Boris Talks Tough: Will Threaten WTO Exit Unless EU Agrees Deal by Autumn

LONDON, ENGLAND - MARCH 16: Prime Minister Boris Johnson gives a press conference on the o
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Prime Minister Boris Johnson will tell the European Union that the UK will pull out of negotiations and prepare to deal with the bloc on World Trade Organization (WTO) terms unless Brussels backs a free trade agreement by the autumn.

Mr Johnson is set to hold high-level meetings with Brussels leaders on Monday — speaking with European Commission President Ursula von der Leyen, European Parliament President David Sassoli, and European Council President Charles Michel — to demand “renewed energy and commitment” in talks which have so far resulted in a deadlock.

British negotiators have said that while the coronavirus pandemic has complicated negotiations, it is their Brussels equivalents who are holding up progress on a deal, particularly over Britain’s red lines on regulatory alignment, fishing, and the Irish border. Meetings are expected to take place for five weeks between June 29th and July 27th.

Sources told The Telegraph on Sunday that the prime minister “will make it clear that the negotiation now needs to be swiftly concluded, with certainty provided to the public and businesses by the autumn at the latest”.

He will again call for a “high-quality Free Trade Agreement” that is “consistent with others the EU have agreed, as part of a balanced overall outcome”. He will say that “whatever happens”, the UK will leave the EU’s Customs Union and Single Market on December 31st, 2020.

A government source speaking separately to the Daily Mail said it was “now bang-the-table time”. He continued: “If there is not renewed energy and commitment to reach an agreement by the end of summer then we are heading for No Deal.”

The Continent is also gearing up for the possibility of a ‘No Deal’. France’s Europe minister Nathalie Loiseau told the Today programme on Monday: “We are ready either for an agreement or for a no-deal and we are getting prepared more actively to a no-deal considering the circumstances.”

The UK officially left the EU on January 31st, 2020, but remains in a transition period until the end of the year, still bound by EU regulations, during which time negotiators on both sides of the English Channel work on agreeing to a future trading partnership.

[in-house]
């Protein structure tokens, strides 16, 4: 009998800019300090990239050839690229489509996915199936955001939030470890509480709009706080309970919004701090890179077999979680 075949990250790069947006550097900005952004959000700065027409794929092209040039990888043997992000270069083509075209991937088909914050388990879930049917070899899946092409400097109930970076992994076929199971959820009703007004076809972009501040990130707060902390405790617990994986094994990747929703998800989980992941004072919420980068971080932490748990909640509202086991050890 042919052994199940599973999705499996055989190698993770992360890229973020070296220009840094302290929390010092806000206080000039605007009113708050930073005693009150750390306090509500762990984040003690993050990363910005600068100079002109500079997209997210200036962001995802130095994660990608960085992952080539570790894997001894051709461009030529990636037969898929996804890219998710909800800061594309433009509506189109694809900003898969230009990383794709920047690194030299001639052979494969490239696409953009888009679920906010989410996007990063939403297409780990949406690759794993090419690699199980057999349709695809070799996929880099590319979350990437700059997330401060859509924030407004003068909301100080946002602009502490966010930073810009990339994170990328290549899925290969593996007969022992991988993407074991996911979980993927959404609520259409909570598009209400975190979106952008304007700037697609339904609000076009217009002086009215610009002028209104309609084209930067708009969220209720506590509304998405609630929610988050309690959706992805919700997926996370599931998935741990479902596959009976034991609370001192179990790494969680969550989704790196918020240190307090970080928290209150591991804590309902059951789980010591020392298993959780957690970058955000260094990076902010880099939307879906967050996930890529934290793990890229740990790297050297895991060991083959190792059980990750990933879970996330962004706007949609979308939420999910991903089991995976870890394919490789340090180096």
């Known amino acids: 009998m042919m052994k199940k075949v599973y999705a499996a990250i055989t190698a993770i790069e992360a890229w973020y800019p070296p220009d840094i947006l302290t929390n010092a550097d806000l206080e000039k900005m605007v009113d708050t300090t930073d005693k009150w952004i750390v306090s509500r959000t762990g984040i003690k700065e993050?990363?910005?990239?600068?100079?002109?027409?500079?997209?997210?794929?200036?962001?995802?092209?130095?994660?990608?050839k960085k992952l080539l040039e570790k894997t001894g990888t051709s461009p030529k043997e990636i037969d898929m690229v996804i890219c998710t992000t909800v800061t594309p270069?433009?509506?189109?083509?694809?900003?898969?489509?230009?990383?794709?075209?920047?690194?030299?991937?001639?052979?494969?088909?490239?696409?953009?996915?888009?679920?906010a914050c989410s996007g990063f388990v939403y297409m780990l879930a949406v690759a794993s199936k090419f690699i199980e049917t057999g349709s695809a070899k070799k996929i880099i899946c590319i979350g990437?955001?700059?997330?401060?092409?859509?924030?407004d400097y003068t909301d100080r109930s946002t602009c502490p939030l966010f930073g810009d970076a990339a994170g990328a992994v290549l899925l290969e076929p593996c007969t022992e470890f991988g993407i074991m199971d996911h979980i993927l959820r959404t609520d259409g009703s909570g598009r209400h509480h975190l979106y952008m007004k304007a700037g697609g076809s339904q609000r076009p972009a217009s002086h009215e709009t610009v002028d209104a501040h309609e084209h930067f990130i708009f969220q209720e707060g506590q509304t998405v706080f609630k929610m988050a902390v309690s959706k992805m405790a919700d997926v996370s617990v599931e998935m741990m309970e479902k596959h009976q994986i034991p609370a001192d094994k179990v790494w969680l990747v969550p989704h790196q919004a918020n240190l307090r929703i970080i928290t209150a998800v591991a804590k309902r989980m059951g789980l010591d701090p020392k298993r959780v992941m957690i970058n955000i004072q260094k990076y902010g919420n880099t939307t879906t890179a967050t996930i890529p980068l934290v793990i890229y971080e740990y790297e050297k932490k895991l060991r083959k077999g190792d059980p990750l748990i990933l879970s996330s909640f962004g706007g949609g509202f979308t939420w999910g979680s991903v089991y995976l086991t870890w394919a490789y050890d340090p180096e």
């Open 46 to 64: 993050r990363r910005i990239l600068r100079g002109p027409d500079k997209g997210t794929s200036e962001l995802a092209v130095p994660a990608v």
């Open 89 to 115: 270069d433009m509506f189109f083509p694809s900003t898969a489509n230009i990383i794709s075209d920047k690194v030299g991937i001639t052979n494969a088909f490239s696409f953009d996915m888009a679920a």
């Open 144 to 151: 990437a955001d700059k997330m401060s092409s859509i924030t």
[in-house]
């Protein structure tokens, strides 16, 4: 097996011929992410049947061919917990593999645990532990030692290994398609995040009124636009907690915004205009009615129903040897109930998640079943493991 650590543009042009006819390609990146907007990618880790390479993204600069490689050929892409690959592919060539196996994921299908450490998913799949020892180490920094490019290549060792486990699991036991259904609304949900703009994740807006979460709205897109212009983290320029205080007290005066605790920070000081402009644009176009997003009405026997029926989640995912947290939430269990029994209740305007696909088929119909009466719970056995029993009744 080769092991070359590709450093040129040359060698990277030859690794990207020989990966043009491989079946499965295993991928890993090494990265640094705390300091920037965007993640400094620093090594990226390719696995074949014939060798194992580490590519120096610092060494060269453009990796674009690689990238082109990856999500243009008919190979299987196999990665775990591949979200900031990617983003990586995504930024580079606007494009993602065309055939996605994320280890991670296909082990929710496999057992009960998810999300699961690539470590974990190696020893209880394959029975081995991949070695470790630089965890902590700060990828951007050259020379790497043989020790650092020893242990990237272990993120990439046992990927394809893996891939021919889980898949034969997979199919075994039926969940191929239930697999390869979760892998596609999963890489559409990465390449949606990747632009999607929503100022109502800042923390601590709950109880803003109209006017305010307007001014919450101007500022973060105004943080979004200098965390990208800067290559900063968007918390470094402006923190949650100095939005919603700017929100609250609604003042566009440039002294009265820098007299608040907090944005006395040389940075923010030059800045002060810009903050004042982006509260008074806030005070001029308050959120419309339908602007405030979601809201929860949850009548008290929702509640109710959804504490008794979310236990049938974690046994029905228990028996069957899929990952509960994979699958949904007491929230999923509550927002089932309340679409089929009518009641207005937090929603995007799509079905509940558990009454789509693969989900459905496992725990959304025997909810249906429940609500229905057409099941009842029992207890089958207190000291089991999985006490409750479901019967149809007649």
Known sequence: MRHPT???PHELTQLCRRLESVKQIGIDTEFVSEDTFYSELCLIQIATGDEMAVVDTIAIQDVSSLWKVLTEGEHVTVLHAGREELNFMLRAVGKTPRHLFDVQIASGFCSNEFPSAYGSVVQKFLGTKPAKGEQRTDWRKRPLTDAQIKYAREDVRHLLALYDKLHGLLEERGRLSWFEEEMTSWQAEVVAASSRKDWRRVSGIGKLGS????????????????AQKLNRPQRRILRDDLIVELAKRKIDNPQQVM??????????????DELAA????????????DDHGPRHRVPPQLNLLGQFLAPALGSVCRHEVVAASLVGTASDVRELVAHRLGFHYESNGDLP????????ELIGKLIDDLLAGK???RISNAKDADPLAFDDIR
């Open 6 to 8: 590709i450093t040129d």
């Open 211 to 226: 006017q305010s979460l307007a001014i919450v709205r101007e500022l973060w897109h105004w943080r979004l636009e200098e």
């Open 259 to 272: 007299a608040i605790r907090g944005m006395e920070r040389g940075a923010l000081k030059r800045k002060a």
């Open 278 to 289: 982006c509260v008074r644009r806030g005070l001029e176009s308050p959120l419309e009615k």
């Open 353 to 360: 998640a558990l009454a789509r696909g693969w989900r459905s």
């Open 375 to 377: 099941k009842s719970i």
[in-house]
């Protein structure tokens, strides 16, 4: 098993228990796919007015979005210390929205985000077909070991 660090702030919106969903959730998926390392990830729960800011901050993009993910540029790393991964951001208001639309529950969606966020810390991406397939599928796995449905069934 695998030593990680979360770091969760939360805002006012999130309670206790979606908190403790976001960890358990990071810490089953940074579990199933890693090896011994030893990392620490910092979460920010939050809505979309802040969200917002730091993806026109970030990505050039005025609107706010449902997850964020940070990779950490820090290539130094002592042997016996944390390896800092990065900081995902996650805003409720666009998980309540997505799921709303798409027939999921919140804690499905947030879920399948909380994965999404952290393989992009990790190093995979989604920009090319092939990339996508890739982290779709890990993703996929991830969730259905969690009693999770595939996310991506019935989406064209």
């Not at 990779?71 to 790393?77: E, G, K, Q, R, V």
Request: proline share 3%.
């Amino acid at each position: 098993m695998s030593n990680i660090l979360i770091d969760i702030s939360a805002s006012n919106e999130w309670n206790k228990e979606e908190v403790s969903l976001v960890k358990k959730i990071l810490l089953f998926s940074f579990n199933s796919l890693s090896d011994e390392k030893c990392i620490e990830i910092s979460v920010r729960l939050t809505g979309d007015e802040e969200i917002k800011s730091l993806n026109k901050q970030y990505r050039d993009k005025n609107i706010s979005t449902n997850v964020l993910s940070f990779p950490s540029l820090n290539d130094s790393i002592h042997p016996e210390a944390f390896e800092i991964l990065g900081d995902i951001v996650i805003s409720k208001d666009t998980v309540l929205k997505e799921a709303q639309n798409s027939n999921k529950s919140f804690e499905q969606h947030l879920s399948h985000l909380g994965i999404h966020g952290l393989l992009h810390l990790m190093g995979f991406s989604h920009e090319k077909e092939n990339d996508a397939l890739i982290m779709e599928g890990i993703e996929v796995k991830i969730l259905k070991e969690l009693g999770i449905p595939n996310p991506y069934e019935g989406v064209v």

However, Britons have heard similar tough talk before, with the government saying in February that it would cease negotiations and prepare for a WTO exit if sufficient progress towards a deal were not made by the end of this month, June.

The EU’s chief negotiator Michel Barnier has also said recently that London and Brussels must agree on a deal by October for it to be ratified by the European Parliament.

The reports come after the government revealed on Friday that it would not be imposing full border customs checks on EU goods until July 2021, a move which Brexit Party leader Nigel Farage warned was “a very bad sign” and a signal of the “first betrayal” of Brexit.

Mr Farage told The Telegraph that he was keeping a “watching brief” of Brexit negotiations, adding that he feared last week’s announcement was “the first slip” towards a soft Brexit. If the UK remains closely aligned to the EU, it will hamper the UK’s abilities to sign international trade agreements and stop Brexit Britain from increasing its competitive edge over its neighbours.

The Brexit leader told the newspaper: “If they slip on Brexit then there will be a new insurgent political party in British politics.”

Reports from this weekend suggest Mr Farage could relaunch the Brexit Party as the Reform Party, following concerns over Boris Johnson’s leadership.


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